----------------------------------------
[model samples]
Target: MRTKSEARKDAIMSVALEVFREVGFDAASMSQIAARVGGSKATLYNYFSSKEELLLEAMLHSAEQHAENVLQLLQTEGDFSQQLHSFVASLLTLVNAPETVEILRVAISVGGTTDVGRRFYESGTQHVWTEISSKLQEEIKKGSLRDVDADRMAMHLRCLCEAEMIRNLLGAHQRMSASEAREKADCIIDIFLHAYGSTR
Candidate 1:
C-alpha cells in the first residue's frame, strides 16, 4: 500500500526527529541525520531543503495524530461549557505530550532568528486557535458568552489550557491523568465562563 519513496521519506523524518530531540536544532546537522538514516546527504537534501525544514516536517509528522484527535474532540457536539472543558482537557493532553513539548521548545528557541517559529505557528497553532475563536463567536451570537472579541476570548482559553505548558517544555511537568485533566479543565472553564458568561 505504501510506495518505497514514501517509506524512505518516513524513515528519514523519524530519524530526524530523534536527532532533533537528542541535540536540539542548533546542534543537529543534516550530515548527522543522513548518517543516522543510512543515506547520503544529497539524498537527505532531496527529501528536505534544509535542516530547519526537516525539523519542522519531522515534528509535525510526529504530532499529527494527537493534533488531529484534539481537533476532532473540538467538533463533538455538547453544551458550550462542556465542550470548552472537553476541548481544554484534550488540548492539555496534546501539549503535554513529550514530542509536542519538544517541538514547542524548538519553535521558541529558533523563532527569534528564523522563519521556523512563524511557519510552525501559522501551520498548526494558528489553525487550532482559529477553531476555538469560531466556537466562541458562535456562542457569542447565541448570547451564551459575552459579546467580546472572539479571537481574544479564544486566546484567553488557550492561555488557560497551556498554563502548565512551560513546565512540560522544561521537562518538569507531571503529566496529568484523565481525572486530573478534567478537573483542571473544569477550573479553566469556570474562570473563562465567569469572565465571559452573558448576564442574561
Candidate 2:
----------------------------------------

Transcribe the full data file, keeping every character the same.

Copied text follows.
[model samples]
Target: MRTKSEARKDAIMSVALEVFREVGFDAASMSQIAARVGGSKATLYNYFSSKEELLLEAMLHSAEQHAENVLQLLQTEGDFSQQLHSFVASLLTLVNAPETVEILRVAISVGGTTDVGRRFYESGTQHVWTEISSKLQEEIKKGSLRDVDADRMAMHLRCLCEAEMIRNLLGAHQRMSASEAREKADCIIDIFLHAYGSTR
Candidate 1:
C-alpha cells in the first residue's frame, strides 16, 4: 500500500526527529541525520531543503495524530461549557505530550532568528486557535458568552489550557491523568465562563 519513496521519506523524518530531540536544532546537522538514516546527504537534501525544514516536517509528522484527535474532540457536539472543558482537557493532553513539548521548545528557541517559529505557528497553532475563536463567536451570537472579541476570548482559553505548558517544555511537568485533566479543565472553564458568561 505504501510506495518505497514514501517509506524512505518516513524513515528519514523519524530519524530526524530523534536527532532533533537528542541535540536540539542548533546542534543537529543534516550530515548527522543522513548518517543516522543510512543515506547520503544529497539524498537527505532531496527529501528536505534544509535542516530547519526537516525539523519542522519531522515534528509535525510526529504530532499529527494527537493534533488531529484534539481537533476532532473540538467538533463533538455538547453544551458550550462542556465542550470548552472537553476541548481544554484534550488540548492539555496534546501539549503535554513529550514530542509536542519538544517541538514547542524548538519553535521558541529558533523563532527569534528564523522563519521556523512563524511557519510552525501559522501551520498548526494558528489553525487550532482559529477553531476555538469560531466556537466562541458562535456562542457569542447565541448570547451564551459575552459579546467580546472572539479571537481574544479564544486566546484567553488557550492561555488557560497551556498554563502548565512551560513546565512540560522544561521537562518538569507531571503529566496529568484523565481525572486530573478534567478537573483542571473544569477550573479553566469556570474562570473563562465567569469572565465571559452573558448576564442574561
Candidate 2: